John McCutcheon’s everyday people

Storytelling folkie sings for a good cause

One of the last great classic folk singers, John McCutcheon has carved out a life as a singer of songs, a storyteller and, often, a comedian. He’s also noteworthy as a hammer dulcimer player. As a singer, he’s in the folk tradition of Woody Guthrie, singing both to adults about injustice and to children about critters.

After spending time in the early 1970s developing his skills in Eastern Kentucky, McCutcheon’s first album was the third release by Whitesburg’s June Appal Recordings. His fifth album, 1983’s Howjadoo, was his first for a children’s audience, sending him on an unexpected path that helped give his career extra diversity, enabling him to play shows for very different audiences.

McCutcheon comes to Louisville for a benefit for Choices Inc., which offers transitional housing for homeless women and children.

LEO: How did you get involved with this benefit?

John McCutcheon: I do a lot of events around the country — around the world, in fact — that tie to ongoing things in communities. So it’s not simply a guy coming in and just doing a gig. A lot of the things I write about, a lot of the things I’ve always been interested in, have been things that go on every day. I guess it’s my little way of lending a hand to a lot of people who don’t get standing ovations (laughs).

LEO: You’re part of a long tradition of folk singers and activists trying to make a difference. It seems like that tradition’s getting lost in popular culture.

JM: Yeah. The conversation has turned so much into ideology that it’s really toxic. Given the opportunity to really solve difficult, complicated stuff or just blindly adhering to the ideology — it seems like the discussion, at least on the front pages, are all about people who want to appeal to their base. A friend of mine recently described a great analogy: It’s like two buses that meet on a one-lane bridge. And the drivers of the buses are only talking to people on their bus. But neither can get across the bridge unless the (people on the) buses talk to one another.

One of the great things I’ve always loved about music is that it can — if it’s done wisely and well — create a ground in which people can meet and view some of the same questions from their respective … umm, perspectives. “Respective perspectives,” there’s a tongue twister. And maybe come out the other side feeling like they’ve experienced something different from what they know … and hopefully you’re not quite the same person at the other end of the experience.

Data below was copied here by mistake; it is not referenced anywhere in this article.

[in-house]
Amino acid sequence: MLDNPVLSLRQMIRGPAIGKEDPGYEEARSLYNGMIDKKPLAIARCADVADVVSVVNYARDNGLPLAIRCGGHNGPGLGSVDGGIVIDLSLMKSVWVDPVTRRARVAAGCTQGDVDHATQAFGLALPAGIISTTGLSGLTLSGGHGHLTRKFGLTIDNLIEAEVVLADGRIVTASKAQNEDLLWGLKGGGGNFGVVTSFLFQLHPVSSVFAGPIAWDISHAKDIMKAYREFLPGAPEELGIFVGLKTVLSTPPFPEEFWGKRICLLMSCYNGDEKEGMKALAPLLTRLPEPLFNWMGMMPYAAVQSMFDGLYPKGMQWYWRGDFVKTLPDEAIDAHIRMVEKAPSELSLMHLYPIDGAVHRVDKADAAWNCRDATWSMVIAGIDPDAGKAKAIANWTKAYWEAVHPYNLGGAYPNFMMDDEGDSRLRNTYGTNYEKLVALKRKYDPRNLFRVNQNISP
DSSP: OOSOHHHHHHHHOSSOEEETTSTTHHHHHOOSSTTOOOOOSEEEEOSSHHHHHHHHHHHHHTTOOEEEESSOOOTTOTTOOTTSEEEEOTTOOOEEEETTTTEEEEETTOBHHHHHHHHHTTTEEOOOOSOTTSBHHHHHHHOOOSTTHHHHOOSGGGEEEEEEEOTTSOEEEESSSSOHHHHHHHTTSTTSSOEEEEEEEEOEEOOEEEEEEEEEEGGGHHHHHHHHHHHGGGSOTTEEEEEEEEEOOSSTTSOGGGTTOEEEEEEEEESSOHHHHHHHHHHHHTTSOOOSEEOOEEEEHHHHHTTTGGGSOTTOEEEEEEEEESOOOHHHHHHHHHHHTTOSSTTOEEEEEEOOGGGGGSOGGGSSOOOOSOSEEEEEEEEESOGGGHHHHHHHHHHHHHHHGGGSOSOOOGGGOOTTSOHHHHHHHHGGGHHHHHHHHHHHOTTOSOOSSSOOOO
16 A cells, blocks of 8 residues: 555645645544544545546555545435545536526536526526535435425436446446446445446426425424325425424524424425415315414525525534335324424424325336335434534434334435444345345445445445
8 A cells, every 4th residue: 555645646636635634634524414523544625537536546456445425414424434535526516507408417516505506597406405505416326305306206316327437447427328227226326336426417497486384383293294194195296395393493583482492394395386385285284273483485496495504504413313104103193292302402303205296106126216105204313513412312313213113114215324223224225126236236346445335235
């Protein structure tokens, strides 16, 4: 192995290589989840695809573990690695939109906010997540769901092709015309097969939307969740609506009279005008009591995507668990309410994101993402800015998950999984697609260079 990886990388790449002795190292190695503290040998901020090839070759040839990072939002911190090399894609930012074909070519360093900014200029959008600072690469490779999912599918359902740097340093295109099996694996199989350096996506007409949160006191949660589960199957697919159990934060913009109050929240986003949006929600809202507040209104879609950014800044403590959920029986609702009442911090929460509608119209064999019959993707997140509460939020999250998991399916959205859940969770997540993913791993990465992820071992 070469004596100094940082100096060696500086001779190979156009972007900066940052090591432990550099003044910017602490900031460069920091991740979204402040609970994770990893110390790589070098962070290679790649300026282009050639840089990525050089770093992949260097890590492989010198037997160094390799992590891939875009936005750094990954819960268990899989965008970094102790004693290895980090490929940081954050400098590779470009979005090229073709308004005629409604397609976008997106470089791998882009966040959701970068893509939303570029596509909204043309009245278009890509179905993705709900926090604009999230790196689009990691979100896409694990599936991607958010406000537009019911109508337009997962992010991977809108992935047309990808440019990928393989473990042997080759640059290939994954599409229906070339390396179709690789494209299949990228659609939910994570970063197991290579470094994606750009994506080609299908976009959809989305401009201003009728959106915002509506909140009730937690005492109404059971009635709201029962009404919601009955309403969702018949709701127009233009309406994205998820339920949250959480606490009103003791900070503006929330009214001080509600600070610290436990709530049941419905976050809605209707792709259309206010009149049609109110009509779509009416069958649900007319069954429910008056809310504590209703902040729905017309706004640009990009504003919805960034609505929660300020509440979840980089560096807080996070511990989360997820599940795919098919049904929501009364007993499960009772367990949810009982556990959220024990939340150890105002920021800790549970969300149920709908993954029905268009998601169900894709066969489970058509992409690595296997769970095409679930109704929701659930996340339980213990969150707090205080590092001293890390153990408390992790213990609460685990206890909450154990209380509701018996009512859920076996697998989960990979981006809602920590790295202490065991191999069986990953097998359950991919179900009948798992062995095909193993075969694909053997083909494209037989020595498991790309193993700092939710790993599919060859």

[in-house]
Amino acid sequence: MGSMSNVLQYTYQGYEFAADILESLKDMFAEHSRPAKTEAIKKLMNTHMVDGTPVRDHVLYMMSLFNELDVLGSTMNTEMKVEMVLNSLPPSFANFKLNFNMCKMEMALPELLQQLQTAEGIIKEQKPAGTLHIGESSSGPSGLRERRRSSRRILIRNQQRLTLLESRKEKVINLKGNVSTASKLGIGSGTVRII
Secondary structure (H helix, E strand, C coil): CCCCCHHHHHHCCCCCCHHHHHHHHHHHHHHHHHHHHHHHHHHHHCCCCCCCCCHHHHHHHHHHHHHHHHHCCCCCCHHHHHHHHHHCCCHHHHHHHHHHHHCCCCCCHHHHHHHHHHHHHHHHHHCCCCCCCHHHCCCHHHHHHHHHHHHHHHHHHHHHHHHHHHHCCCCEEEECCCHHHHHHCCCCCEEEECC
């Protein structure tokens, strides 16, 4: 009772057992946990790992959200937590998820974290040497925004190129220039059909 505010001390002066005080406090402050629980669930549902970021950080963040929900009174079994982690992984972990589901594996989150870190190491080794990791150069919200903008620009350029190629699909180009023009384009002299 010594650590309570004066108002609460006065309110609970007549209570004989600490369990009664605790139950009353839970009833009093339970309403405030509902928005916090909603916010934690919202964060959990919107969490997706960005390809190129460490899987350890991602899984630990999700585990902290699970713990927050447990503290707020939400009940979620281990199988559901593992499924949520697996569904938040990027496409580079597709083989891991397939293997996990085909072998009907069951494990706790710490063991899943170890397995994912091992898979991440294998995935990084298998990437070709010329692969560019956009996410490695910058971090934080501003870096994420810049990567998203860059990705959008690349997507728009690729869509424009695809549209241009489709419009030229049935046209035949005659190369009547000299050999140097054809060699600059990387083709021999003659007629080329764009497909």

LEO: Many folk singers you came up with got discouraged along the way, got tired of the struggle.

JM: The empirical evidence will always be on the side of the pessimist. But that’s a hell of a way to live your life. I’ve always been buoyed by the people who seem to bear an amazing optimism and keep going up against things that are so much bigger than they are. It’s the stuff that our traditional lore is made of, whether it be Casey Jones or John Henry. These are the people memorialized in songs, and we keep singing them; our parents sang them to us, and hopefully we pass those stories on.

LEO: It’s interesting that you’re someone who talks about optimism yet works in the music business.

JM: (laughs) Yeah, talk about rage against the machine! Well, you know … I’ve operated in what is essentially a sub-industrial part of the music world. Back in the 1960s, folk music was discovered by the machine, and they discovered they could make a bunch of money doing it. So they chewed it up and spit it out, and went on to the next thing … I feel really lucky that I never had a record company that was wanting me to make a hit. I’ve had some pretty good-selling records, but the record company never said, “Give us five more like the last one.” They’ve said, “We trust you.” Almost every artist I know who’s really an artist would trade that kind of artistic freedom for a million-dollar advance … My audience isn’t in the thousands, it’s in the hundreds. But I can be real with my audience, and talk with them afterwards.

‘Choices Inc. Benefit’ with John McCutcheon

Sunday, Sept. 16

Crescent Hill Baptist Church

2800 Frankfort Ave.

$18 adv., $20 DOS (includes pre-show picnic); 7 p.m.